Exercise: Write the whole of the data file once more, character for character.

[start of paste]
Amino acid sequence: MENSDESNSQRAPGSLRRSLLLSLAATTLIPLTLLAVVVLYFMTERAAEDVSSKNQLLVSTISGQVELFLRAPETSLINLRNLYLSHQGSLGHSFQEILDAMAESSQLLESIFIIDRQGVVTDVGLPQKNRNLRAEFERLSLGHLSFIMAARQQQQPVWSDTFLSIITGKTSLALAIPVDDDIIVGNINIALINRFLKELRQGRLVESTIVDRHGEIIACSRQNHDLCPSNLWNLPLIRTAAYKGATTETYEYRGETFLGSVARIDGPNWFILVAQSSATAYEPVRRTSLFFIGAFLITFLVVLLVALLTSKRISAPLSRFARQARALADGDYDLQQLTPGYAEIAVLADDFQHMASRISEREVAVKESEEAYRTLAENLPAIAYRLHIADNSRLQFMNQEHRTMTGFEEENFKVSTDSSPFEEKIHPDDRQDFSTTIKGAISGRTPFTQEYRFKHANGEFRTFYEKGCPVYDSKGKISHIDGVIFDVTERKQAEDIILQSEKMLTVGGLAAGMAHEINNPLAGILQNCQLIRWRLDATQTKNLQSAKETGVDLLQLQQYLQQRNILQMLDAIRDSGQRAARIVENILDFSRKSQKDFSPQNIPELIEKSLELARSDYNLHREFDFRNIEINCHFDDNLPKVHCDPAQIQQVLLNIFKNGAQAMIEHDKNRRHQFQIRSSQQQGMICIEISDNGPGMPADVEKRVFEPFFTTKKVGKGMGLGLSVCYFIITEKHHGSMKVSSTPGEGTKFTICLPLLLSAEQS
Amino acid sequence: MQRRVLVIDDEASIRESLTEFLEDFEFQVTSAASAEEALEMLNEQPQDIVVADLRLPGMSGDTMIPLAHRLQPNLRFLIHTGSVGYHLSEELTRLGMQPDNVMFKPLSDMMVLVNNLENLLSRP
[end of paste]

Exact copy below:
Amino acid sequence: MENSDESNSQRAPGSLRRSLLLSLAATTLIPLTLLAVVVLYFMTERAAEDVSSKNQLLVSTISGQVELFLRAPETSLINLRNLYLSHQGSLGHSFQEILDAMAESSQLLESIFIIDRQGVVTDVGLPQKNRNLRAEFERLSLGHLSFIMAARQQQQPVWSDTFLSIITGKTSLALAIPVDDDIIVGNINIALINRFLKELRQGRLVESTIVDRHGEIIACSRQNHDLCPSNLWNLPLIRTAAYKGATTETYEYRGETFLGSVARIDGPNWFILVAQSSATAYEPVRRTSLFFIGAFLITFLVVLLVALLTSKRISAPLSRFARQARALADGDYDLQQLTPGYAEIAVLADDFQHMASRISEREVAVKESEEAYRTLAENLPAIAYRLHIADNSRLQFMNQEHRTMTGFEEENFKVSTDSSPFEEKIHPDDRQDFSTTIKGAISGRTPFTQEYRFKHANGEFRTFYEKGCPVYDSKGKISHIDGVIFDVTERKQAEDIILQSEKMLTVGGLAAGMAHEINNPLAGILQNCQLIRWRLDATQTKNLQSAKETGVDLLQLQQYLQQRNILQMLDAIRDSGQRAARIVENILDFSRKSQKDFSPQNIPELIEKSLELARSDYNLHREFDFRNIEINCHFDDNLPKVHCDPAQIQQVLLNIFKNGAQAMIEHDKNRRHQFQIRSSQQQGMICIEISDNGPGMPADVEKRVFEPFFTTKKVGKGMGLGLSVCYFIITEKHHGSMKVSSTPGEGTKFTICLPLLLSAEQS
Amino acid sequence: MQRRVLVIDDEASIRESLTEFLEDFEFQVTSAASAEEALEMLNEQPQDIVVADLRLPGMSGDTMIPLAHRLQPNLRFLIHTGSVGYHLSEELTRLGMQPDNVMFKPLSDMMVLVNNLENLLSRP